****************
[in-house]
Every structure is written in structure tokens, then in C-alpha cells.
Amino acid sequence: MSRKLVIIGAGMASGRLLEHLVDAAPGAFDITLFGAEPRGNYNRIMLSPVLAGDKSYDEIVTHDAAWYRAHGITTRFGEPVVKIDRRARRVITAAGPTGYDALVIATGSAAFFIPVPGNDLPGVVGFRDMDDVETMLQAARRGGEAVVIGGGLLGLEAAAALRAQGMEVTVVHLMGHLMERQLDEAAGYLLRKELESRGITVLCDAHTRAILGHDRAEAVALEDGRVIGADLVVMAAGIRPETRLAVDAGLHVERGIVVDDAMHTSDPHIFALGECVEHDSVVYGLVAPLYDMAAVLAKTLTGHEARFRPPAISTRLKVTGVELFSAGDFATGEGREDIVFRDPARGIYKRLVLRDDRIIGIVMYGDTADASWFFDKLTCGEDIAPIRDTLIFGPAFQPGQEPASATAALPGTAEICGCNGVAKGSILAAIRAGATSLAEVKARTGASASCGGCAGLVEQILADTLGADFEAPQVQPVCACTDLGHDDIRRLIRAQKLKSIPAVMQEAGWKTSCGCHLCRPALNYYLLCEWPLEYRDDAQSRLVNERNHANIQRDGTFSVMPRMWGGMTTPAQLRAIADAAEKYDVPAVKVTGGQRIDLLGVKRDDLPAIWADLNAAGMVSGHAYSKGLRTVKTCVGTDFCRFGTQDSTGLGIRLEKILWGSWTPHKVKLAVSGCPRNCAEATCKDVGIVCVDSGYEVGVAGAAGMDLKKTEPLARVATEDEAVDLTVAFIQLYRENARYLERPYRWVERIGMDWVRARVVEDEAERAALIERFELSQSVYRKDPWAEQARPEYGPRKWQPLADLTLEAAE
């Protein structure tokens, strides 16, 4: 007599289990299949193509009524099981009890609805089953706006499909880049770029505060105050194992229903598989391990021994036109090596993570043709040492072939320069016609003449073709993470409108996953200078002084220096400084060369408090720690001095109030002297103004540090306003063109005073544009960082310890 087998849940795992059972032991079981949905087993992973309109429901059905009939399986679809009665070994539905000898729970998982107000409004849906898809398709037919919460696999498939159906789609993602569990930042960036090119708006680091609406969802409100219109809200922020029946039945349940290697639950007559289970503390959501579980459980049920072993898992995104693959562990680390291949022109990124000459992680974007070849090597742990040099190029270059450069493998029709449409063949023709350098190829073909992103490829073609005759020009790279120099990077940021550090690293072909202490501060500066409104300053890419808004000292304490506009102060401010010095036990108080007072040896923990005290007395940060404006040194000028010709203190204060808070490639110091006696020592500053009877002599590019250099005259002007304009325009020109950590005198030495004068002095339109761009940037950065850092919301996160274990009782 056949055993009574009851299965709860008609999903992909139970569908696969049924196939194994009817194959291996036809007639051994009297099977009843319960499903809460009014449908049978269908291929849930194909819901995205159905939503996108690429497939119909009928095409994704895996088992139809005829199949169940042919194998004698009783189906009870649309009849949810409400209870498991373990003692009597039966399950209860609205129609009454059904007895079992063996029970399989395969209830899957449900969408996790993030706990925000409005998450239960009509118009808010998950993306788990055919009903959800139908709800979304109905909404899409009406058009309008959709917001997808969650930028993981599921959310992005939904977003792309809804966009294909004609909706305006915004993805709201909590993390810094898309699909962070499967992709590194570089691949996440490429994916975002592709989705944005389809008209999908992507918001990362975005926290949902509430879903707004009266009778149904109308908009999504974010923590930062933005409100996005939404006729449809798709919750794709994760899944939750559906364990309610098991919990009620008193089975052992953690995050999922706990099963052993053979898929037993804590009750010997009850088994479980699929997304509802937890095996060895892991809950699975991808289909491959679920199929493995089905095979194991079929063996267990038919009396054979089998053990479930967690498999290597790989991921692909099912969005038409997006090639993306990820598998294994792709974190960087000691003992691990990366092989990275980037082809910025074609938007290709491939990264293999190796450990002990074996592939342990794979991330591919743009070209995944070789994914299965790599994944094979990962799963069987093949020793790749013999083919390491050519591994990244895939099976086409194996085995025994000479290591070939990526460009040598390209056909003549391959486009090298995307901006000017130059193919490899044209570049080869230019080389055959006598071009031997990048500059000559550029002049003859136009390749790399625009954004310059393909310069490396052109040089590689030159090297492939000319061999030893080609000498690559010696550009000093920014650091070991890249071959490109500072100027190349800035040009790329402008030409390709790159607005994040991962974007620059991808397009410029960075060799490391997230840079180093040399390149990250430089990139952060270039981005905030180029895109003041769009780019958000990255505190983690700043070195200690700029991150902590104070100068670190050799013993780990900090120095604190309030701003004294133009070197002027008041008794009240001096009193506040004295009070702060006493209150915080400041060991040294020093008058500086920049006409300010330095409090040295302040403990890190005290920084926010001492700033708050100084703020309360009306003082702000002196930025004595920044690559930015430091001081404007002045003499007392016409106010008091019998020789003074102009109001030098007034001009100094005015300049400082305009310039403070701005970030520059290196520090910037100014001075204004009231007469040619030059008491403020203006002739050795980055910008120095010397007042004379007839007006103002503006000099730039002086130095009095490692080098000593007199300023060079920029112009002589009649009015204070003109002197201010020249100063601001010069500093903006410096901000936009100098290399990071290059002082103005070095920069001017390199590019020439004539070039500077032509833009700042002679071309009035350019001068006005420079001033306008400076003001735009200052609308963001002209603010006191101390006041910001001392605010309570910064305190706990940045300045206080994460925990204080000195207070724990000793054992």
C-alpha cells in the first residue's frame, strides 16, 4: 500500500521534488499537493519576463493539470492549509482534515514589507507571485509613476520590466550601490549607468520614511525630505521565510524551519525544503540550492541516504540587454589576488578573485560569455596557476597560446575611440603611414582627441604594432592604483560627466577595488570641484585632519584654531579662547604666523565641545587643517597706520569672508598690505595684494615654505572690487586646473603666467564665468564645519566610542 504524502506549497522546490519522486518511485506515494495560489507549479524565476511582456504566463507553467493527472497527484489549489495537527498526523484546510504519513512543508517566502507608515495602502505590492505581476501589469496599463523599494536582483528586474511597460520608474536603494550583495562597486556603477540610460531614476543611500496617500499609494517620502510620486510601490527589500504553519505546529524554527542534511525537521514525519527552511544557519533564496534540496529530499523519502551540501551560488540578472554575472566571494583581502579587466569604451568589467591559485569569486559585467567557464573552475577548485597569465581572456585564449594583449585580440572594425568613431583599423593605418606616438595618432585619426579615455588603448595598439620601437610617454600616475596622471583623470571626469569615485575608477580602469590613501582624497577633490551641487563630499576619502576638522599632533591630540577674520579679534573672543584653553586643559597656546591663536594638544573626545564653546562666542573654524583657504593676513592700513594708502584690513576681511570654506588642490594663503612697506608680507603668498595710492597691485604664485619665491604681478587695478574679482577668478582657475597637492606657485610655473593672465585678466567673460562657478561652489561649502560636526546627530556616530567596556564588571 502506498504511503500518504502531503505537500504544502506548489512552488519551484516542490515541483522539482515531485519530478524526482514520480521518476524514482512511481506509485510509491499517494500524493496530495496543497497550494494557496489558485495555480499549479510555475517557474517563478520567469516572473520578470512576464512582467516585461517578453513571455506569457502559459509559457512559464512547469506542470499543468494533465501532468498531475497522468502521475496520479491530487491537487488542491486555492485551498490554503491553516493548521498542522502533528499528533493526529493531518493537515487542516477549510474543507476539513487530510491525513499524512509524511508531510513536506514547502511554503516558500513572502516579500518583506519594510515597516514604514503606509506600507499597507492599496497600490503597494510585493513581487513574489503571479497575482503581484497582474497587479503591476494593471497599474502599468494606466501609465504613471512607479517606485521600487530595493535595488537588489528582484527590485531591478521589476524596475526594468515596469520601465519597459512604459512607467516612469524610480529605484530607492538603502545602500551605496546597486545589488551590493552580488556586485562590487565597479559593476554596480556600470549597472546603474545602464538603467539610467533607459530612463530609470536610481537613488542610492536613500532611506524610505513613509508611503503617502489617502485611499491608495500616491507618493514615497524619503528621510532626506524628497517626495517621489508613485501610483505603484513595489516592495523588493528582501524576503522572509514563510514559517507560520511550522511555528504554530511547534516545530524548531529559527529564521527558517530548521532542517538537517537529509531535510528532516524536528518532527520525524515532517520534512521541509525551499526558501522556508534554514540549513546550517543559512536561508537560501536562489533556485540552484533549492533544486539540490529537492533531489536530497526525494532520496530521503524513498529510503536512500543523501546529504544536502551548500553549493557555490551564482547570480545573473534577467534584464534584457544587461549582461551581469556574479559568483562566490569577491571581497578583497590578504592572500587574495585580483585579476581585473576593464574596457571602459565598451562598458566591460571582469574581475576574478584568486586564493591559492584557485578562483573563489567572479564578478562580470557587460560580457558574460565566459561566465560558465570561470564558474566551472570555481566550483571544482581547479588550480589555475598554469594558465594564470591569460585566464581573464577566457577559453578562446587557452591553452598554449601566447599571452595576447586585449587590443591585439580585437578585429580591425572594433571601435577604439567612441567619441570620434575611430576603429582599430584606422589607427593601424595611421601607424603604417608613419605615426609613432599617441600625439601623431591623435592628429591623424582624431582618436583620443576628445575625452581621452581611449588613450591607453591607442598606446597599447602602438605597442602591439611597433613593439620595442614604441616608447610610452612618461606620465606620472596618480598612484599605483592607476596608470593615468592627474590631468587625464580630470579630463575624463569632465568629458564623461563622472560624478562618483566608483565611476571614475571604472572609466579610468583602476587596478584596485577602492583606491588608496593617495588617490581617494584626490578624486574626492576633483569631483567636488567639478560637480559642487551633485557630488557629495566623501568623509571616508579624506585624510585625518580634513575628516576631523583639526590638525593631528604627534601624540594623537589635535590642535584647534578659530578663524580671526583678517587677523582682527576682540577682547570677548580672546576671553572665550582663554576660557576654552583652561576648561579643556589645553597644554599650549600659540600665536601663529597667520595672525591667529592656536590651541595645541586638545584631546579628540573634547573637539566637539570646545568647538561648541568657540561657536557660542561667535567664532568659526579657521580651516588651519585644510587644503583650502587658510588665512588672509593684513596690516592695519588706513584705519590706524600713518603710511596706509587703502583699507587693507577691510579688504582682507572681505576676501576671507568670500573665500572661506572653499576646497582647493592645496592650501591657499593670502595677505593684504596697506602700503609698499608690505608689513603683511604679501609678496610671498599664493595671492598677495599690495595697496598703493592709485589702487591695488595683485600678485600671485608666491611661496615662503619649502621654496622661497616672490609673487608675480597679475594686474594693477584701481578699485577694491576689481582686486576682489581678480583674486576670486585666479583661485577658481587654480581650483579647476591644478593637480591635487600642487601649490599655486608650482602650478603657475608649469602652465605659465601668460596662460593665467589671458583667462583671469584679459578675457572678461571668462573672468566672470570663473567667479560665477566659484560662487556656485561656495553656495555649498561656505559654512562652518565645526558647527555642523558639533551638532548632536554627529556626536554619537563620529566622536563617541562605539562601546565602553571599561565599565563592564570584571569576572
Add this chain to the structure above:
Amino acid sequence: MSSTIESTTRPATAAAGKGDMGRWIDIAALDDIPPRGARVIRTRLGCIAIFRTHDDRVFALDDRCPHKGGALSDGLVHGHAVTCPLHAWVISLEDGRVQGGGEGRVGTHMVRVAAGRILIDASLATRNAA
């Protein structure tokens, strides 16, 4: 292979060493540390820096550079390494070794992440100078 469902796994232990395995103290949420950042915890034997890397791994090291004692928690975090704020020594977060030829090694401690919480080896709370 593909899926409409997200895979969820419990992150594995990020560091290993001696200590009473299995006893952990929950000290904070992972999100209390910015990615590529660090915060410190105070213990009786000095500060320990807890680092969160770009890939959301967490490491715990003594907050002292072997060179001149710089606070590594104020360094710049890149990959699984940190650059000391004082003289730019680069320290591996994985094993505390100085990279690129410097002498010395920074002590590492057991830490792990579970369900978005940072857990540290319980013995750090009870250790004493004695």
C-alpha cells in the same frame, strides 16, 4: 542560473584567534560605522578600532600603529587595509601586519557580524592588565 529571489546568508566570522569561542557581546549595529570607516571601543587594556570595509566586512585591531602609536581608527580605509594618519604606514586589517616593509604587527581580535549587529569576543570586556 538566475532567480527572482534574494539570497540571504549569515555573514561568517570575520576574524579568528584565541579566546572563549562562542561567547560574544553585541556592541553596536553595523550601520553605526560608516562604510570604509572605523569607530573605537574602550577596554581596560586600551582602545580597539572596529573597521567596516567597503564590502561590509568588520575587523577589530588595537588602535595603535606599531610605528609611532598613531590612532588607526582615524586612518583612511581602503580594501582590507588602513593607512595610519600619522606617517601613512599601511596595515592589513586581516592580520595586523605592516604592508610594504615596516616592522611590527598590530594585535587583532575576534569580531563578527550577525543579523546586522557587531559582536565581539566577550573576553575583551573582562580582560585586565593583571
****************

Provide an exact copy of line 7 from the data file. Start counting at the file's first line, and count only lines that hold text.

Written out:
Amino acid sequence: MSSTIESTTRPATAAAGKGDMGRWIDIAALDDIPPRGARVIRTRLGCIAIFRTHDDRVFALDDRCPHKGGALSDGLVHGHAVTCPLHAWVISLEDGRVQGGGEGRVGTHMVRVAAGRILIDASLATRNAA